This is a 60-minute chart of Bank of America from the month of October 2015. The example shows how we get 7 signals to take a position in the market, but thanks to the Parabolic SAR, we isolate only three of them where we actually open a position. Therefore, out of three positions, we had 2 successful and 1 unsuccessful trades, resulting in a total profit of $0.90 per share.

The key positive for this trading strategy is that you are not constantly in the market.  As a trader, you need time to take a breathier and digest what is in front of you, in order to avoid trading fatigue.  Like anything in life, if you try to complete a task when you are exhausted, your quality of work will suffer.

  • Two Moving Averages and Volume

In this trading strategy, we place two moving averages and volume in addition to our Klinger Indicator. We are going to open positions only when (1) price closes above both moving averages, (2) the KVO line is on the same side of its 13-period EMA and (3) there is a surge in trading volume.

Below you will see an image, which shows how I successfully combined the Klinger with two SMAs and volume:

Klinger - SMAs - Volume

Klinger - SMAs - Volume

This is a 10-minute chart of IBM showing its price movement from October 22-27, 2015. We have included our Klinger Oscillator, 15-period SMA, 20-period SMA and volume. The first circle on the Klinger Volume Oscillator histogram shows us the moment when the KVO line crosses its 13-period EMA in a bullish direction. This happens during relatively high volumes. At the same time, the price of IBM just switched above the two SMAs, which cross each other in a bullish direction. Long we are! We close our position with the first candle outside the 15-period simple moving average (red).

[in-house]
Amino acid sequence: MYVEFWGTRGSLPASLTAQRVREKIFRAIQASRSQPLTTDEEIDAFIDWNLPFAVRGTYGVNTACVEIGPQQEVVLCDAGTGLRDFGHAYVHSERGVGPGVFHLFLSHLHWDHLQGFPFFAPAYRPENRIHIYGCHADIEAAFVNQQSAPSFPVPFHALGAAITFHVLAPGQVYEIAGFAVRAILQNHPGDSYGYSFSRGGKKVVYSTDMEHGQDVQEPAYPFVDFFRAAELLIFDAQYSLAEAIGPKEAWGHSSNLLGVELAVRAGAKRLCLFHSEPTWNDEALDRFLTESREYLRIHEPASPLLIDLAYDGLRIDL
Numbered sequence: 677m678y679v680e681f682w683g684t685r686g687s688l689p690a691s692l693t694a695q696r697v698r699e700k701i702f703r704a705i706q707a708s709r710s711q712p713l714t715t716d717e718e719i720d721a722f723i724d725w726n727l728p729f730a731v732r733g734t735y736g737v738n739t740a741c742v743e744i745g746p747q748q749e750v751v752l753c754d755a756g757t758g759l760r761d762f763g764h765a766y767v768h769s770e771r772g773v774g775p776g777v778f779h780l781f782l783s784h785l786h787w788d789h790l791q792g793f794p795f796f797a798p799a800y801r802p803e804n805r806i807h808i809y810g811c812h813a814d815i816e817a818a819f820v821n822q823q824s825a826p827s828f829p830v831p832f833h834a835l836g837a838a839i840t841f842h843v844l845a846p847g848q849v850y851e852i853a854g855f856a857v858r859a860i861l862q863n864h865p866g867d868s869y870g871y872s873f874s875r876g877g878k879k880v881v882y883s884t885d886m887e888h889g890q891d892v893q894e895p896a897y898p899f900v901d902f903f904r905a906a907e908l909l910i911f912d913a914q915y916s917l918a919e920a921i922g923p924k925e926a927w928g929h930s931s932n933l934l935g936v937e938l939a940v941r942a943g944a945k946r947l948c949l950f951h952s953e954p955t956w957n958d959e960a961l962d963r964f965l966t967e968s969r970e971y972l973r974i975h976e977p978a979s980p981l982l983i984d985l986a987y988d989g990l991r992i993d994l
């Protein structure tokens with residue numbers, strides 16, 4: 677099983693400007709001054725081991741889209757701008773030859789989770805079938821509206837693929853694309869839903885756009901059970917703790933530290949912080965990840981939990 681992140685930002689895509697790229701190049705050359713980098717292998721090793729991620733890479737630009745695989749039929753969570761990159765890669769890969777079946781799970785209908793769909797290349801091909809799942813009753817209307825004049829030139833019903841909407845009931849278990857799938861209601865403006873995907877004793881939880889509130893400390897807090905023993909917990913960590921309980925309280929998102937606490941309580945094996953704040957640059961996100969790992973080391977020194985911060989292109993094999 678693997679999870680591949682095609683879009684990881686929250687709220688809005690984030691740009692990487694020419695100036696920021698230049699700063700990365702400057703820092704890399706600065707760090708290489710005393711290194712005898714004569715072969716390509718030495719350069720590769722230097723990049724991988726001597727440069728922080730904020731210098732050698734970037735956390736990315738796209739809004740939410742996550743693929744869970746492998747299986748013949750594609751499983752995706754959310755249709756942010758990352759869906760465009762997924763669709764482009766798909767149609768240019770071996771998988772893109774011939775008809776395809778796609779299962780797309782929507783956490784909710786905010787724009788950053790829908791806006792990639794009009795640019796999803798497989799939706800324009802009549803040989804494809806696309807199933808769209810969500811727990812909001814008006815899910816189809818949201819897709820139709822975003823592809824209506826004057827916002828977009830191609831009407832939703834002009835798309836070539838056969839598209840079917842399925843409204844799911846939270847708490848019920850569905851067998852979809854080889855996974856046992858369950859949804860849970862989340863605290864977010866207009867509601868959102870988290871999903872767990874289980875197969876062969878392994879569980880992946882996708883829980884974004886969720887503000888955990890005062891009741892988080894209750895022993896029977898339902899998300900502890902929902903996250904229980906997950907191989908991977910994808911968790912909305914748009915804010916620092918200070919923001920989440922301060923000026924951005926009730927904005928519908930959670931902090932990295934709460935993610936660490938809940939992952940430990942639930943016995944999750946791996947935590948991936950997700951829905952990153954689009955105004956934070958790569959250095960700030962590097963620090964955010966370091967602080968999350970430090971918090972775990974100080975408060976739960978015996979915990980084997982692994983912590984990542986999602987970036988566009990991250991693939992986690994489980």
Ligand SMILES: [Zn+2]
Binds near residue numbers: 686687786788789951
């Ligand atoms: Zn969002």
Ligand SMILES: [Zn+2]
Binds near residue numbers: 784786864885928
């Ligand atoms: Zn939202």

The next position is unsuccessful. We get pleasant market conditions for a short position, but contrary to our idea, IBM starts gaining and we close shortly thereafter. This is the moment when the volumes start playing their most important role. As you see in the upper blue rectangle, volumes are low. At the same time, the KVO line acts erratically and gives numerous false signals. Since the volumes are low, we do not take these signals under consideration.

We do open a short position when we get the next big volume candle, price closes beneath the two SMAs and the KVO crosses beneath the 13-period EMA. This scenario repeats once again triggering our fourth position.

So, here we opened 4 positions where only one was unsuccessful. The other three positions resulted very positively to our bankroll - with a total profit of $3.4 per share.

Bonus Content - Klinger Oscillator vs. Awesome Oscillator

The Awesome Oscillator looks calm in comparison to the KVO, which appears rather chaotic.  However, the Klinger Oscillator provides a greater number of trading signals because of this dynamic.